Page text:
Image Description: An orphanage in India where many children are sitting in a circle. A man is distributing gifts to these children.
Recently the Indian Apex Court in Temple Healing v Union of India¸ directed the Union Government to simplify the adoption process in India. This comes as a requisite decision considering the cumbersome process of adoption in a country wherein out of a population of three crore (30 million) orphans, only four thousand get adopted annually. From wearisome paperwork to anomalies in government departments, the chances of orphans leading and surviving a healthy life gets questioned, which is a bone of contention in the judgment. Moreover, there is a stigma that hovers over adoption because it indicates infertility among the adopting couple.
Irregularities in Adoption Governance and Process
Adoption in India is governed by Section 2 of the Juvenile Justice Act, 2015 which creates confusion in the process and makes it tedious as this law for adoption comes under the Ministry of Law and Justice whereas the determination of who can be defined as an orphan falls under the Ministry of Women and Child Development. Furthermore, when potential parents look to adopt, they fill out a form describing the perfect match for them. The Central Adoption Resource Authority (CARA) of India doesn’t have a department to follow up with prospective parents on these matches. In absence of a separate division to follow up, CARA lacks the means to check if these parents would be interested in adopting a child who does not ‘exactly’ meet the original specifications, leading to a sharp decline in domestic adoption as already noted by the Delhi High Court in PKH v. CARA. Furthermore, for abandoned children, CARA checks for relatives to claim custody which delays the process further. This not only disincentives parents to adopt but hampers an orphan’s right to lead a free and liberal life under Article 21 of the Constitution.
India is party to the United Nations Convention on the Rights of the Child. However, the unnecessarily difficult adoption procedure in India is not in consonance with the rights of children recognised in the Convention. Article 6 of the Convention requires the member states to recognise and ensure that the right to life of every child is protected and sufficient measures are taken for their survival and development. Article 20 of the same Convention requires the state parties to ensure alternative care for a child temporarily or permanently deprived of his or her family environment including adoption, in accordance with the national laws. The current adoption procedure is a cumbersome one and has made adoption an alternative less likely to be taken recourse to which in turn hampers the chances these children have of leading a healthy and normal life. Therefore, in accordance with Article 4 of the Convention, the legislature should take appropriate measures for the implementation of the rights recognised in the present Convention. India has also ratified the Hague Convention on Protection of Children and Co-operation in respect of Inter-country Adoption and Article 9(b) of the convention states that the Central authorities shall take all appropriate measures to facilitate, follow and expedite proceedings with a view to obtain adoption. Although the said Convention does not deal with domestic adoptions, it can be taken into consideration while looking at bringing about changes to the current incommodious adoption process.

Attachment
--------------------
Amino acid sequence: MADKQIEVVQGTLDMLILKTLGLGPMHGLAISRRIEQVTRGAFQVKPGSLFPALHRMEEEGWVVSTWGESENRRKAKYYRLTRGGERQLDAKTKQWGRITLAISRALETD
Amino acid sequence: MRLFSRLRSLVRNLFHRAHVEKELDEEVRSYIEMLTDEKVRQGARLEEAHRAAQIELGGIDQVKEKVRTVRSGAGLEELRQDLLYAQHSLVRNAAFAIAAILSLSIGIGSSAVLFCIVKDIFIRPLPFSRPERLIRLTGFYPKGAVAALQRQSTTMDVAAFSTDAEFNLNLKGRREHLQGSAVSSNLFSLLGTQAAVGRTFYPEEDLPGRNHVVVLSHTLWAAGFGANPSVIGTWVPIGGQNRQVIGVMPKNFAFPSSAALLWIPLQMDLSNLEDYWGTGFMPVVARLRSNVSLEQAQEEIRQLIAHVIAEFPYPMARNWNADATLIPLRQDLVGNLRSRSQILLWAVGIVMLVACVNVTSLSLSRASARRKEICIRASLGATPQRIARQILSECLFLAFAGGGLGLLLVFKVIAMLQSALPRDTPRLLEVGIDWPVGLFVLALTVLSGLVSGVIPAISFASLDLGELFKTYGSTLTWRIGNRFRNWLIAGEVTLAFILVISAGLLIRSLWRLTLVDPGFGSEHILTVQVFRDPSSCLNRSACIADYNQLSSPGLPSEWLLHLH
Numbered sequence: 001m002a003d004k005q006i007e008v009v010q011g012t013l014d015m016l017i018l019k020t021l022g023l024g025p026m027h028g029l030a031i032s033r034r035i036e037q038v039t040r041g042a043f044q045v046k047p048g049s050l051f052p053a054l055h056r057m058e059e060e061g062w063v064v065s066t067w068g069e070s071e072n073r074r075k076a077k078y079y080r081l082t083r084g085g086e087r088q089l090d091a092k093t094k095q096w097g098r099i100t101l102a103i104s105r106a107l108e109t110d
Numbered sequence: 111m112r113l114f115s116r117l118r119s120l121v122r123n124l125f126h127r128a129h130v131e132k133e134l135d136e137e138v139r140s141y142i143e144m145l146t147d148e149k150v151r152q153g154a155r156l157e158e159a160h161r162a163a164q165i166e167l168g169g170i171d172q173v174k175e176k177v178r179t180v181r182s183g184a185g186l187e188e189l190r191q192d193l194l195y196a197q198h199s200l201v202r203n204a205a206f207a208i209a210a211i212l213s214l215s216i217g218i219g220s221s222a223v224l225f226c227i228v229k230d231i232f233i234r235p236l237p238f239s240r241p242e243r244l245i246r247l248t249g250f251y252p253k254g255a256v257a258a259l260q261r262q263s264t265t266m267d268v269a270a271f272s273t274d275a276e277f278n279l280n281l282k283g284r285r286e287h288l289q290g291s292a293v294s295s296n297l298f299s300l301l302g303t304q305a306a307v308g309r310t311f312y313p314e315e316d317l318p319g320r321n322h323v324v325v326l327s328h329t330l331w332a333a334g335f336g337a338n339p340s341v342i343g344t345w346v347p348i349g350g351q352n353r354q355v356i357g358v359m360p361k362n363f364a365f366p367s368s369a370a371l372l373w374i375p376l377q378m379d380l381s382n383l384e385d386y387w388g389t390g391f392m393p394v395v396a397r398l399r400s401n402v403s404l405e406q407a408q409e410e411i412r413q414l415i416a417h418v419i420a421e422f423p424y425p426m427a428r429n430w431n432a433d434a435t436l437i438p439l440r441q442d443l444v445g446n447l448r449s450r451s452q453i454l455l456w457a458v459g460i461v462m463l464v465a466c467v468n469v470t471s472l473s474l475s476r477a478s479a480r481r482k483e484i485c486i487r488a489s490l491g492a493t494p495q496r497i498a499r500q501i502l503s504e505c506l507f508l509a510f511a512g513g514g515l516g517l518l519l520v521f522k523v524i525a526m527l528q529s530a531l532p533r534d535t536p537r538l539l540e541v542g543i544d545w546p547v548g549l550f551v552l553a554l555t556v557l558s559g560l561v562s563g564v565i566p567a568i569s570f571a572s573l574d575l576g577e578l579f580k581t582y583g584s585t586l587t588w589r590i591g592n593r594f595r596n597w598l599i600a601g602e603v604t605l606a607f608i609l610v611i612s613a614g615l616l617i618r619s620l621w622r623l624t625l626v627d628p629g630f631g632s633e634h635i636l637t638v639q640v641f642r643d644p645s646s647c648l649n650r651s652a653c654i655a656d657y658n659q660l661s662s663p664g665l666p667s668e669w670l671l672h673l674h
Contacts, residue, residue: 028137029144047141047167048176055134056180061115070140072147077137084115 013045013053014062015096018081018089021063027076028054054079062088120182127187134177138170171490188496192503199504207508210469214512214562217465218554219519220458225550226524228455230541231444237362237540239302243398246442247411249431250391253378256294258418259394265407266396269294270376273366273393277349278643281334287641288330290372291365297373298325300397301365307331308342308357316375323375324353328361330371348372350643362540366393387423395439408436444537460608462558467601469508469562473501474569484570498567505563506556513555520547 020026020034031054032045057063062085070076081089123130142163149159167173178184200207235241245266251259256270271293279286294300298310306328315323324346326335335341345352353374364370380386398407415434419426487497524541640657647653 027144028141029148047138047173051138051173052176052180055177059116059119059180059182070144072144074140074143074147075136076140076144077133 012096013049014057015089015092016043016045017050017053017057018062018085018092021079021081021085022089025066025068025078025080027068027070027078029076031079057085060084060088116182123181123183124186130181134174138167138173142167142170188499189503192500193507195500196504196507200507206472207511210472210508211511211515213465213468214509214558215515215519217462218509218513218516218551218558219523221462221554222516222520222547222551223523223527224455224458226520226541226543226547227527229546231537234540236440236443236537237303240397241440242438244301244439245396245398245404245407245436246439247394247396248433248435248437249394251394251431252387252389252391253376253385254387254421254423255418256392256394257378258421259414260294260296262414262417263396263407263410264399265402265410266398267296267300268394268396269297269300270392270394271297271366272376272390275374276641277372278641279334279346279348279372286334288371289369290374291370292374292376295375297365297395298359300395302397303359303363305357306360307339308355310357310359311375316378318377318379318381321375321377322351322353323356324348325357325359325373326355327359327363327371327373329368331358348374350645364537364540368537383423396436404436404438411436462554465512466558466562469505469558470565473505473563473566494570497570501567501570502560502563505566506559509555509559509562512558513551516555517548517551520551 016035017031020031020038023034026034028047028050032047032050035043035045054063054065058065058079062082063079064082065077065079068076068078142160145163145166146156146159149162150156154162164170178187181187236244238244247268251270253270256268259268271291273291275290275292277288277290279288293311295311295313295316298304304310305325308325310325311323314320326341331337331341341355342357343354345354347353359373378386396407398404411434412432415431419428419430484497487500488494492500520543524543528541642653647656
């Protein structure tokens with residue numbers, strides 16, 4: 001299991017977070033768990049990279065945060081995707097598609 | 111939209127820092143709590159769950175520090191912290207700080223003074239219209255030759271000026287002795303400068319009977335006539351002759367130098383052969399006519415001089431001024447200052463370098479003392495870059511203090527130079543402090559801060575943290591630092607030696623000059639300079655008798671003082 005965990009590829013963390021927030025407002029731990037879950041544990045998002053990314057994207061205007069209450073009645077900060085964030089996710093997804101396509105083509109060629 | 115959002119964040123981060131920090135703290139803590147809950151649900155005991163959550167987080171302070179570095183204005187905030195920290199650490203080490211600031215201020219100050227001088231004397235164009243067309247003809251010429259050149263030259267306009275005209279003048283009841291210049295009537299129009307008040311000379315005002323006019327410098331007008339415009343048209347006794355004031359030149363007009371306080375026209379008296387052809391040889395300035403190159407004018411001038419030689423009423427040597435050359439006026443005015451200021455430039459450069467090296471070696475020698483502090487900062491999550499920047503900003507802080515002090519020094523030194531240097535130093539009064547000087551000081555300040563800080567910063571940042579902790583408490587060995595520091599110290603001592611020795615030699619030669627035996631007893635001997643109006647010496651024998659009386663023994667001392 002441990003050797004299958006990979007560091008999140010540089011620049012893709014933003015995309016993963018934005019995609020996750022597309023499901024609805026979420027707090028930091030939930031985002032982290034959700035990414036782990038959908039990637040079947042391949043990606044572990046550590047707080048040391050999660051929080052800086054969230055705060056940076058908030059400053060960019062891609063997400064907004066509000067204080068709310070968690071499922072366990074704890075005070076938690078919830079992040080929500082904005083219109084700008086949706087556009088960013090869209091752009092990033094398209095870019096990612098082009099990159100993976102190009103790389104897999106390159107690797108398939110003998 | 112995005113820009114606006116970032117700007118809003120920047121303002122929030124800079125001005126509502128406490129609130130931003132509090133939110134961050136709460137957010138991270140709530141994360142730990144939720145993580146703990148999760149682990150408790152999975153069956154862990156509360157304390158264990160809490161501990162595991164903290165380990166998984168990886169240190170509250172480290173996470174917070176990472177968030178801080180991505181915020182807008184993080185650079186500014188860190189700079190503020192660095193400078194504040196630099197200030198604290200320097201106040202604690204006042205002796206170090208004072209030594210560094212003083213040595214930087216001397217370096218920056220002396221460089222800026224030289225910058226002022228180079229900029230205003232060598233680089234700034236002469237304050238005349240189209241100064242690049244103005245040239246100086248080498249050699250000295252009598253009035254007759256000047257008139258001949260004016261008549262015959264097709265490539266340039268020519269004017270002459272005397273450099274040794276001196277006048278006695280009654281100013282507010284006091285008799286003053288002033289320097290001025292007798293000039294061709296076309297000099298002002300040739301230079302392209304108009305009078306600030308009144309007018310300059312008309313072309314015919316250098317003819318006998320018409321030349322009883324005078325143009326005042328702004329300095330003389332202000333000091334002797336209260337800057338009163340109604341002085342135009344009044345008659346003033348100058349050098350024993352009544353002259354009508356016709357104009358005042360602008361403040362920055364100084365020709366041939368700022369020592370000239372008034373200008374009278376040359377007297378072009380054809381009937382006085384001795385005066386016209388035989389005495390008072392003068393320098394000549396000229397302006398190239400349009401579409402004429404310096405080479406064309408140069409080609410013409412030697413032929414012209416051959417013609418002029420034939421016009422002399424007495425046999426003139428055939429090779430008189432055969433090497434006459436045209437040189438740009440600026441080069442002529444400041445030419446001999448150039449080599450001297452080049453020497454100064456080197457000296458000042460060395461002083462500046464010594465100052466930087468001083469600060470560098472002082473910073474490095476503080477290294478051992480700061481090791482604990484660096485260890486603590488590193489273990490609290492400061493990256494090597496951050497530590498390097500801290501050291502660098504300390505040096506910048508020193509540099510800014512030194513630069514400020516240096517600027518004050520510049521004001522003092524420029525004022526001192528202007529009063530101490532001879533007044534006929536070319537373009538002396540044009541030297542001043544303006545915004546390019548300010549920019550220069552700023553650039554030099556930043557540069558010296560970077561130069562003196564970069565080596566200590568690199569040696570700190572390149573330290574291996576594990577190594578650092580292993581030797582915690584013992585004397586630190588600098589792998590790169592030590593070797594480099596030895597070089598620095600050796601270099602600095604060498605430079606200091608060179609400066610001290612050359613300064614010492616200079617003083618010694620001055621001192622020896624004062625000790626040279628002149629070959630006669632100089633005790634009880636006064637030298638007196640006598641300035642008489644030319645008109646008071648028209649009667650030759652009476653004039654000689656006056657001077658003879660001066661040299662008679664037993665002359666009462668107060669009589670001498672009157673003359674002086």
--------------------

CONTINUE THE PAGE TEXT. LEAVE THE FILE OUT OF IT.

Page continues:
The law must be flexible to facilitate more adoptions and should devise a more convenient process as compared to the current one which is quite extensive and tends to discourage the prospective adoptive parents. The Ministry of Women and Child Development has been reassuring expedition in the adoption process for quite some time, however has implemented bare minimum on this proposition yet. This direction by the Supreme Court is a welcome order because it has recommended guidelines to the Union and acts as a binding authority on the Executive to create a robust adoption system while providing the aggrieved parents and children a chance to capitalize upon their rights as conferred by the Indian Constitution and International Law. The order further aims to address fallacies like complex social norms, outdated adoption laws, lack of financing for background checks of prospective parents, failure of systems and lack of infrastructure.